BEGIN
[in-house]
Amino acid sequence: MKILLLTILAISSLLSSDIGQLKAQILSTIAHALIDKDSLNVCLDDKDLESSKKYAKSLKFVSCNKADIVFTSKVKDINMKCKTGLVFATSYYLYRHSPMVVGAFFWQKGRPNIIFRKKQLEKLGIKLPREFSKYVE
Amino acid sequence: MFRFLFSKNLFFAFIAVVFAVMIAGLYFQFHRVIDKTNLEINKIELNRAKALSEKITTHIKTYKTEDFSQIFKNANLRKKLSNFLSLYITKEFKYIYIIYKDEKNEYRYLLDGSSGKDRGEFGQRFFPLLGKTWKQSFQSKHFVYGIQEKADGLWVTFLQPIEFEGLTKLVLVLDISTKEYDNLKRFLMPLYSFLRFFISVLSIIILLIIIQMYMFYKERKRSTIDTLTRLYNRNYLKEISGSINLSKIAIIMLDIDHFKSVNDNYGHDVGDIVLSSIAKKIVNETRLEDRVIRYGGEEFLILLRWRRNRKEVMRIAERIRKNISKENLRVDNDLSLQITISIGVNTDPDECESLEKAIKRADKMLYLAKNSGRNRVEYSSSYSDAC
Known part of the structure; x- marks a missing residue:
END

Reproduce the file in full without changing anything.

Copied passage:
[in-house]
Amino acid sequence: MKILLLTILAISSLLSSDIGQLKAQILSTIAHALIDKDSLNVCLDDKDLESSKKYAKSLKFVSCNKADIVFTSKVKDINMKCKTGLVFATSYYLYRHSPMVVGAFFWQKGRPNIIFRKKQLEKLGIKLPREFSKYVE
Amino acid sequence: MFRFLFSKNLFFAFIAVVFAVMIAGLYFQFHRVIDKTNLEINKIELNRAKALSEKITTHIKTYKTEDFSQIFKNANLRKKLSNFLSLYITKEFKYIYIIYKDEKNEYRYLLDGSSGKDRGEFGQRFFPLLGKTWKQSFQSKHFVYGIQEKADGLWVTFLQPIEFEGLTKLVLVLDISTKEYDNLKRFLMPLYSFLRFFISVLSIIILLIIIQMYMFYKERKRSTIDTLTRLYNRNYLKEISGSINLSKIAIIMLDIDHFKSVNDNYGHDVGDIVLSSIAKKIVNETRLEDRVIRYGGEEFLILLRWRRNRKEVMRIAERIRKNISKENLRVDNDLSLQITISIGVNTDPDECESLEKAIKRADKMLYLAKNSGRNRVEYSSSYSDAC
Known part of the structure; x- marks a missing residue: